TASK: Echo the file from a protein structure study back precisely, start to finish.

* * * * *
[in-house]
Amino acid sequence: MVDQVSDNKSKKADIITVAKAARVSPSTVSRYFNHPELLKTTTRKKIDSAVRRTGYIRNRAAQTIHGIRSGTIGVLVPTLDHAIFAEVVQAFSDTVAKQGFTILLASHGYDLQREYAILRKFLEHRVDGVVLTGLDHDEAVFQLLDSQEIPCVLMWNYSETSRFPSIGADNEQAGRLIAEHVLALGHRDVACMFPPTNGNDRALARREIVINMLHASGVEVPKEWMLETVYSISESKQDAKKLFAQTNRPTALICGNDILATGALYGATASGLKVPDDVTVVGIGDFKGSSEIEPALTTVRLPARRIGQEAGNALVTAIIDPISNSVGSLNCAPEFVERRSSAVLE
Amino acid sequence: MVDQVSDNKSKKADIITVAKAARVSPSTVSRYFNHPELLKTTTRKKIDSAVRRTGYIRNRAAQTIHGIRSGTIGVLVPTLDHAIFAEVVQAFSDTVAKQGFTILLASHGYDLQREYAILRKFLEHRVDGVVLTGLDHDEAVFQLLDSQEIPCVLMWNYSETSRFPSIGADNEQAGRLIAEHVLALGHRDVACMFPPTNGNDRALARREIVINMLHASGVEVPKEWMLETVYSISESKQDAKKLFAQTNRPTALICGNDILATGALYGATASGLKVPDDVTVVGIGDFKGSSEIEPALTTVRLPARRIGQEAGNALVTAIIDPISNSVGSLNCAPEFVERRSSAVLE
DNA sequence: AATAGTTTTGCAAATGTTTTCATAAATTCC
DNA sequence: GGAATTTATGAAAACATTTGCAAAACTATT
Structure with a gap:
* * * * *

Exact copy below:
[in-house]
Amino acid sequence: MVDQVSDNKSKKADIITVAKAARVSPSTVSRYFNHPELLKTTTRKKIDSAVRRTGYIRNRAAQTIHGIRSGTIGVLVPTLDHAIFAEVVQAFSDTVAKQGFTILLASHGYDLQREYAILRKFLEHRVDGVVLTGLDHDEAVFQLLDSQEIPCVLMWNYSETSRFPSIGADNEQAGRLIAEHVLALGHRDVACMFPPTNGNDRALARREIVINMLHASGVEVPKEWMLETVYSISESKQDAKKLFAQTNRPTALICGNDILATGALYGATASGLKVPDDVTVVGIGDFKGSSEIEPALTTVRLPARRIGQEAGNALVTAIIDPISNSVGSLNCAPEFVERRSSAVLE
Amino acid sequence: MVDQVSDNKSKKADIITVAKAARVSPSTVSRYFNHPELLKTTTRKKIDSAVRRTGYIRNRAAQTIHGIRSGTIGVLVPTLDHAIFAEVVQAFSDTVAKQGFTILLASHGYDLQREYAILRKFLEHRVDGVVLTGLDHDEAVFQLLDSQEIPCVLMWNYSETSRFPSIGADNEQAGRLIAEHVLALGHRDVACMFPPTNGNDRALARREIVINMLHASGVEVPKEWMLETVYSISESKQDAKKLFAQTNRPTALICGNDILATGALYGATASGLKVPDDVTVVGIGDFKGSSEIEPALTTVRLPARRIGQEAGNALVTAIIDPISNSVGSLNCAPEFVERRSSAVLE
DNA sequence: AATAGTTTTGCAAATGTTTTCATAAATTCC
DNA sequence: GGAATTTATGAAAACATTTGCAAAACTATT
Structure with a gap: